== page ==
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By: Gregory Richards, Vice-President of Business Development and Research and Elizabeth Seymour, Senior Associate
We have the opportunity to speak with many public servants on the front lines of the R and D agenda. While we don’t claim that the outcomes of these conversations represent a scientific study, the feedback we’ve received highlights specific opportunities and challenges and suggests three things managers can do to use analytics effectively to improve program results.
A core theme that emerges from our conversations is that, due to the Directive and Policy on Results, evidence-based management is now top of mind in most departments. In addition, the added transparency related to the mandate letters makes it relatively easy to get a sense of overall objectives for the department.
On the other hand, the R and D agenda does call for different ways of working. Participants tell us that the need for more narrative style reporting related to the mandate tracker and being able to tell meaningful visual stories is now important. In addition, institutionalizing evidence-based managementacross entire departments is a challenge since many are still working on getting the right data. Also, targets that change and shifting standards of service can also present difficulties. And of course, the operational work must continue, which often takes priority over developing new ways of working.
One solution is to develop an analytics roadmap unique to the program. This roadmap starts with understanding the results chain. In the diagram above, a simplified results chain indicates that data from the nodes track whether certain targets are met and therefore are useful for reporting. Data from the arcs between the nodes, however, provide insights into how the nodes relate to each other. Since every result is driven by activities that use resources, data from the arcs help us understand whether resources are being used effectively, and whether the activities being done deliver the expected results. This information, which requires the use of analytics to understand the relationships between and among the data points, naturally leads to conversations about how to do things better to achieve better outcomes.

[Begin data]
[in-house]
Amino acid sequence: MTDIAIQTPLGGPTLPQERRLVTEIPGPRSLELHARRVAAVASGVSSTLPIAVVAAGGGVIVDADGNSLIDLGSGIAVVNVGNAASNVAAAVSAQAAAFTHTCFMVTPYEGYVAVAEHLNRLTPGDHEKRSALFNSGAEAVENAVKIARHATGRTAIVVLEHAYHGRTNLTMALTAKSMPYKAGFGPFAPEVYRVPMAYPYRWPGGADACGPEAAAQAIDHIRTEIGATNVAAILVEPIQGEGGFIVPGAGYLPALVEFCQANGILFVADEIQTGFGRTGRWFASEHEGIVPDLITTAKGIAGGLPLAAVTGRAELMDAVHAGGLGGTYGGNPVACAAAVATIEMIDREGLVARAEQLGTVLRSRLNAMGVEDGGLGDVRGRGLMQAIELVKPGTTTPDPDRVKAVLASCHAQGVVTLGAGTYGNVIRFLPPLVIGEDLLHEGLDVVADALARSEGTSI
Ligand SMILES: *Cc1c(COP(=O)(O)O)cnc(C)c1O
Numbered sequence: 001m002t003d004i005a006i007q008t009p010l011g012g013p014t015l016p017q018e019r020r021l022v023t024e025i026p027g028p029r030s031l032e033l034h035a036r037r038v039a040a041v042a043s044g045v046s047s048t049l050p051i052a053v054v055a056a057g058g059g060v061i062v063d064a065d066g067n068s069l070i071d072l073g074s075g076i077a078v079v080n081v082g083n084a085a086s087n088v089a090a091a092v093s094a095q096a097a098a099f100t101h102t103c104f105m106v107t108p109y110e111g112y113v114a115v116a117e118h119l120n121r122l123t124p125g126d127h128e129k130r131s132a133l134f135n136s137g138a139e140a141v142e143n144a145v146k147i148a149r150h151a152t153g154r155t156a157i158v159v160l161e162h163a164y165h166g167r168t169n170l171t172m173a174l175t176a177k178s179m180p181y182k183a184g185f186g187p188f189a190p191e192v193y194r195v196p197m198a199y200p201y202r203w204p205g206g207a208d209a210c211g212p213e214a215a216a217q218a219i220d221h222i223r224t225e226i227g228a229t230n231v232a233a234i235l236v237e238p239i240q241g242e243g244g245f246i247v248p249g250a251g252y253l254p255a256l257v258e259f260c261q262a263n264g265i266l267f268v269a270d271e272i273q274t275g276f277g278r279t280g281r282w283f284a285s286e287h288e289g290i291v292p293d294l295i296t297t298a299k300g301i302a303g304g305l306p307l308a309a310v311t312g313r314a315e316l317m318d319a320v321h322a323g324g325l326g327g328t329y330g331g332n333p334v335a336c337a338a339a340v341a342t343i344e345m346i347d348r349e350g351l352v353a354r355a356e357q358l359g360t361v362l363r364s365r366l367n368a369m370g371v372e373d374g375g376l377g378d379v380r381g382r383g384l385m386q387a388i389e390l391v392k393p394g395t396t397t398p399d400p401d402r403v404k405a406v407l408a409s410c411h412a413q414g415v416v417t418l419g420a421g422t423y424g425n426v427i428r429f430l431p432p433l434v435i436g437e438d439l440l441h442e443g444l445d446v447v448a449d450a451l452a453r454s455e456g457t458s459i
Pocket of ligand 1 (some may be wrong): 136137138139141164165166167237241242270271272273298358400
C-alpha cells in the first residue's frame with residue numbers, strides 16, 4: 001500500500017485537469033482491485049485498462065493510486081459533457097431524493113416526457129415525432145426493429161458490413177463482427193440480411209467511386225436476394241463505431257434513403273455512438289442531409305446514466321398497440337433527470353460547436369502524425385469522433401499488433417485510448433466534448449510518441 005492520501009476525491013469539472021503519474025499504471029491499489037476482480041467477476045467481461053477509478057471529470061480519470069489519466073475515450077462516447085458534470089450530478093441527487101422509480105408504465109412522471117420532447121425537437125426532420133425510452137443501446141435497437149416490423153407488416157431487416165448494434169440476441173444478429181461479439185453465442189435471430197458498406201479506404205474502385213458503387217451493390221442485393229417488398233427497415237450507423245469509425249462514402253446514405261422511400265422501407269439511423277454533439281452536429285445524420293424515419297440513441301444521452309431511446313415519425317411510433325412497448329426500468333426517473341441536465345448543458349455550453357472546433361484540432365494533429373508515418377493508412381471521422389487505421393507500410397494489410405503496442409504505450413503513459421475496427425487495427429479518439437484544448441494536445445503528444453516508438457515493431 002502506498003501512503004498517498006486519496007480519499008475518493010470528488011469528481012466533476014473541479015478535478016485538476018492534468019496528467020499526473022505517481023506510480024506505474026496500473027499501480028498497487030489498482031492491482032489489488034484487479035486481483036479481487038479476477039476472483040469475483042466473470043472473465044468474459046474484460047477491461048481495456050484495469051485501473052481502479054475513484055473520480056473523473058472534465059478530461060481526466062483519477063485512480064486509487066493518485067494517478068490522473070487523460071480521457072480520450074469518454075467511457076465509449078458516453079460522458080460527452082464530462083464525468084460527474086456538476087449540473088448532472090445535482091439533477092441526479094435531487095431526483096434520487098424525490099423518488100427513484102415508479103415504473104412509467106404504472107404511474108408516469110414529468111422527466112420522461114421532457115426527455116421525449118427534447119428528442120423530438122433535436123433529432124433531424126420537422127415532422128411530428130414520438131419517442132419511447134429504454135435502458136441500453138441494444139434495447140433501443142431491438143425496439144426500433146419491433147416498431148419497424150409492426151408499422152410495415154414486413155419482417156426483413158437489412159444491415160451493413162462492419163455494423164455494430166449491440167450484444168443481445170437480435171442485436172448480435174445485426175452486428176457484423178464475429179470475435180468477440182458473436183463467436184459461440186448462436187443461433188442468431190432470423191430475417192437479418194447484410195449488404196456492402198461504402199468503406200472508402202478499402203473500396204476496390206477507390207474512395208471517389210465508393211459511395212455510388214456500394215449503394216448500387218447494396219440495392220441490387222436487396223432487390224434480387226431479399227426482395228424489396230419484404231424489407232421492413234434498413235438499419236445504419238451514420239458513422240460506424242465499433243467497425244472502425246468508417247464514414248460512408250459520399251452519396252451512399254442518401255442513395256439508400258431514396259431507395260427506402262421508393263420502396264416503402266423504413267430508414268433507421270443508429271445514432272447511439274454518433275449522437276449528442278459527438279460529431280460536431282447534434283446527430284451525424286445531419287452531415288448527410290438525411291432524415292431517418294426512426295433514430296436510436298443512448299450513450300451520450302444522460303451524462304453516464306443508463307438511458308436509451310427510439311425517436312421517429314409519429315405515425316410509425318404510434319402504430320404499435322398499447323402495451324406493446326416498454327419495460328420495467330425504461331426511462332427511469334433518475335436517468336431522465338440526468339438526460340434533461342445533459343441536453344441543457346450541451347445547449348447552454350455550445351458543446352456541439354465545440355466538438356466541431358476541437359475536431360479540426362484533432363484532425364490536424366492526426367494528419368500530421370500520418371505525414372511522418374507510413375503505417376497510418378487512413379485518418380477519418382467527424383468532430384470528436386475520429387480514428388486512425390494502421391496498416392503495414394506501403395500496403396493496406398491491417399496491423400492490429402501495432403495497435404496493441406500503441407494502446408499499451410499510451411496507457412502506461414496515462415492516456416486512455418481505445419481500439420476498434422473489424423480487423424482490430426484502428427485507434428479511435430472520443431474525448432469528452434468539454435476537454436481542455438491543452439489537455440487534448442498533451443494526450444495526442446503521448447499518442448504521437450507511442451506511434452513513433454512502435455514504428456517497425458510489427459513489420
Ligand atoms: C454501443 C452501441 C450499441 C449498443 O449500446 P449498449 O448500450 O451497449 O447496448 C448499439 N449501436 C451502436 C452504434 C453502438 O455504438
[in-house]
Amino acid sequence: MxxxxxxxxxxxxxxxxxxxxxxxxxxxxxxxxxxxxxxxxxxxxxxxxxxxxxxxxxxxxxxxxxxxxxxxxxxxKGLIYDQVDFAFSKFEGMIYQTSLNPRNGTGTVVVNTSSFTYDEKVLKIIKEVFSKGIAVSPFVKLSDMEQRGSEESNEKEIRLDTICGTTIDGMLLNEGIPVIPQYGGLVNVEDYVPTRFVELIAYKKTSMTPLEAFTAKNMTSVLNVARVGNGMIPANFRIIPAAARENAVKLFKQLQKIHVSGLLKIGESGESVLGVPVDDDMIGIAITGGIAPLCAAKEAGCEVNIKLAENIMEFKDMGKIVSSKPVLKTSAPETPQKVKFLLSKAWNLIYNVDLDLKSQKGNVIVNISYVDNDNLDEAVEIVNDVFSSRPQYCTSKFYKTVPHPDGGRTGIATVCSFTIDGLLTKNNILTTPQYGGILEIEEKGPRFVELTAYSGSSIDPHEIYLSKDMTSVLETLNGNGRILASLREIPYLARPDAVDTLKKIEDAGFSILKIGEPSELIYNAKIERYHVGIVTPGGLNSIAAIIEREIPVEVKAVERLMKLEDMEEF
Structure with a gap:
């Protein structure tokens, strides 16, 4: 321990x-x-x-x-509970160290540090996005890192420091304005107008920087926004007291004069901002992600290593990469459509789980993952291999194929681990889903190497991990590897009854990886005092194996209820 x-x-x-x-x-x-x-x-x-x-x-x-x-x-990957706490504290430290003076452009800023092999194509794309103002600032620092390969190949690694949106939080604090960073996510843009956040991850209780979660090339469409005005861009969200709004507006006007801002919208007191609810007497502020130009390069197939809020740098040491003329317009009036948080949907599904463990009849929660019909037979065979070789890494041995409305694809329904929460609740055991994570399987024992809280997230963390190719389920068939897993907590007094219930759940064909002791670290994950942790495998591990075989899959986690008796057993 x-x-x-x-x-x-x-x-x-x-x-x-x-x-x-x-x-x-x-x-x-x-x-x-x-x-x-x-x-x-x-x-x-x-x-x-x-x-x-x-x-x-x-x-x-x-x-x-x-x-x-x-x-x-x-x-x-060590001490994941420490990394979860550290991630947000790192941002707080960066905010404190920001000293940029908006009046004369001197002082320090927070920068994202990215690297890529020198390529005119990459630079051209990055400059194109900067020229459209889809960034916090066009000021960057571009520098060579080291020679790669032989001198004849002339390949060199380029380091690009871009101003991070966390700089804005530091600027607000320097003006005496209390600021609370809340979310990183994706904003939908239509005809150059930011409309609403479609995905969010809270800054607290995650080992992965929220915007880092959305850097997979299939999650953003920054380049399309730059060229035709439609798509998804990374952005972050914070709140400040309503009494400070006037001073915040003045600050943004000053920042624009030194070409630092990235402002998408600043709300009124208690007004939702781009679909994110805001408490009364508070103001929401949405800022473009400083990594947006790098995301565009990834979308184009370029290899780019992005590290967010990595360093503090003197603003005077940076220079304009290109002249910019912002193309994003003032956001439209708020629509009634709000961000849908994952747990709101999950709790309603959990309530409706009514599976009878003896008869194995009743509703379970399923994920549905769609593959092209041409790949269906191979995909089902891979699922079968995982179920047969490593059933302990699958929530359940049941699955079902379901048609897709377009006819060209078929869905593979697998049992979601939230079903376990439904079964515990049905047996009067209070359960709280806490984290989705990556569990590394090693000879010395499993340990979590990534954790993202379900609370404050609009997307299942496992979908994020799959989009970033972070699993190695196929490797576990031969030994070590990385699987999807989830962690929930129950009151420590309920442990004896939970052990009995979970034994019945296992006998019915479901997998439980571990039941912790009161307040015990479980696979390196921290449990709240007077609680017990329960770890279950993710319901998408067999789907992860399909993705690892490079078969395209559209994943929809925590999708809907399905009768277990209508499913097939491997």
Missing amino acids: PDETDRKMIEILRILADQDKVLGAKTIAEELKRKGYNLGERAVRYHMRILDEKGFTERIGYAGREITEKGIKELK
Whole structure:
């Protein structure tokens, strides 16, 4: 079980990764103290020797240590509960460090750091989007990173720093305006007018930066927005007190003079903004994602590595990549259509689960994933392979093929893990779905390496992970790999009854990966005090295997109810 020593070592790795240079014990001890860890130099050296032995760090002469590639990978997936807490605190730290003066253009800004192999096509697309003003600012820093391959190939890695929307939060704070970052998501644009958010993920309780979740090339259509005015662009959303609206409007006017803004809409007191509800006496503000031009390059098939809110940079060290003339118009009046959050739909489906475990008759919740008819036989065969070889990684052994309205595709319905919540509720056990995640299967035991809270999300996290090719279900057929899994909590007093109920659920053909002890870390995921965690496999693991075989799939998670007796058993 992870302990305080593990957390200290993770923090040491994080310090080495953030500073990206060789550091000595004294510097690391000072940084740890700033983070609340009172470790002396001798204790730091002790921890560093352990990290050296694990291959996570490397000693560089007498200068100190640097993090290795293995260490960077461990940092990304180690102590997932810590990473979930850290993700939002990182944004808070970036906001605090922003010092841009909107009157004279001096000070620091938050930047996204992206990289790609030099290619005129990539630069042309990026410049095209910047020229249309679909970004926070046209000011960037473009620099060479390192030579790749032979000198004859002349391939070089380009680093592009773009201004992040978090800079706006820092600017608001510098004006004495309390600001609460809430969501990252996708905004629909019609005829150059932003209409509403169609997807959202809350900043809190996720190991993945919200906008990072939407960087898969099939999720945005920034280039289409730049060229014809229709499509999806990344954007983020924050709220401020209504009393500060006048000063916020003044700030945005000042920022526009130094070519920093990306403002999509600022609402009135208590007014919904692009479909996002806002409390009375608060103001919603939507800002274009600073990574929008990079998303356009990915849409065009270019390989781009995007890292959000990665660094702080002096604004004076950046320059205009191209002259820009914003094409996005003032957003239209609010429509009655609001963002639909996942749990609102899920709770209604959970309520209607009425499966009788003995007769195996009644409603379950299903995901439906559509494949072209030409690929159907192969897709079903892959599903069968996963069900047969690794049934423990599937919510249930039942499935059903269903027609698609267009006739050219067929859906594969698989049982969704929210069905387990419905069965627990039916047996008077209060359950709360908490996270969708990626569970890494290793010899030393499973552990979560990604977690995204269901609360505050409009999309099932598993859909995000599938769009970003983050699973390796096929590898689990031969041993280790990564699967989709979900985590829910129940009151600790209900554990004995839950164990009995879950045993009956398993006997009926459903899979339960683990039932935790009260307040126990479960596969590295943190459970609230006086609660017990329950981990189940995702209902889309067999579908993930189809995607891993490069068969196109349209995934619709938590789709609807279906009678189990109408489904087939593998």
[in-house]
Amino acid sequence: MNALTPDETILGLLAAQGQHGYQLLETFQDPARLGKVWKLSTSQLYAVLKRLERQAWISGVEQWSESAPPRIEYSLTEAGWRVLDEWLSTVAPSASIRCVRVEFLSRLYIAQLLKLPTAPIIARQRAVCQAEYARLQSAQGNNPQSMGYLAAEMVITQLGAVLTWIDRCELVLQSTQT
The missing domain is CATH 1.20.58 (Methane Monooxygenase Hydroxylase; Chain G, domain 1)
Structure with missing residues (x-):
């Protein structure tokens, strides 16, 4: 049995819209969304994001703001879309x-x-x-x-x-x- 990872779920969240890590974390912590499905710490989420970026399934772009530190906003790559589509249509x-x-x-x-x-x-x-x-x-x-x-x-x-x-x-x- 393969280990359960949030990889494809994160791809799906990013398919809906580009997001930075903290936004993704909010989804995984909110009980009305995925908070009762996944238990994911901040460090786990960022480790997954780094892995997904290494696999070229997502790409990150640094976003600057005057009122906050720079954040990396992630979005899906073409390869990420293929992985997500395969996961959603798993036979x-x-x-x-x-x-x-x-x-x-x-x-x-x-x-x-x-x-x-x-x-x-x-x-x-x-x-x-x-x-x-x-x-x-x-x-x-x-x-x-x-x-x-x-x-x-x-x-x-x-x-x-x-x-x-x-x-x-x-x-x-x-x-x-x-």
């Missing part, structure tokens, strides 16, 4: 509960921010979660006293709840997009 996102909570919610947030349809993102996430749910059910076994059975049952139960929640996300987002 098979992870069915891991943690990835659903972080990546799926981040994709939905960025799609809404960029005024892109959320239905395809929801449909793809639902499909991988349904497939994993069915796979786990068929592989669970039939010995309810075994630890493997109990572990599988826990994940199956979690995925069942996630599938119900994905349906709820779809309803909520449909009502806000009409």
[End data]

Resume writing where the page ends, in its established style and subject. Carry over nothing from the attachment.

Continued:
Our conclusion is that some progress is being made but there is still work to be done in using data to improve program outcomes. The greatest challenge is finding the time and space to analyze, discuss, and imagine new ways of working while continuing to deliver ongoing operational requirements.
There are three things managers can do: understand the results chain for their own program, validate the types of data needed, and design an analytics roadmap that is unique to their specific results chain.
First, some programs have logic models which are, in fact, results chains describing how resources are being used to deliver expected outcomes. Some of these models are high level and need to be translated to as specific program area. A simplified results chainas depicted in the diagram above is often useful as a start so that all members of the program team has a good idea of what outcomes they need to deliver and how they plan to make it happen.
Second, the results chain will help you identify the data needed both for reporting and for managing your program. Getting access to certain types of data, at the right level of granularity, in the right time frame, can be a daunting task. But it is made much easier if we can clearly identify what is needed.
Third, just having access to data does not mean you can start analyzing things. There are well over 200 different analytic models and algorithms that can be applied. From visualization through to advanced machine learning algorithms, the selection of the right model depends on the type of data available, the objective of the program, and the capability of the people involved to fully interpret the results. Based on these considerations, program managers should create an analytics roadmap that reflects the unique nature of their programs. More on these issues will be discussed in the next article.
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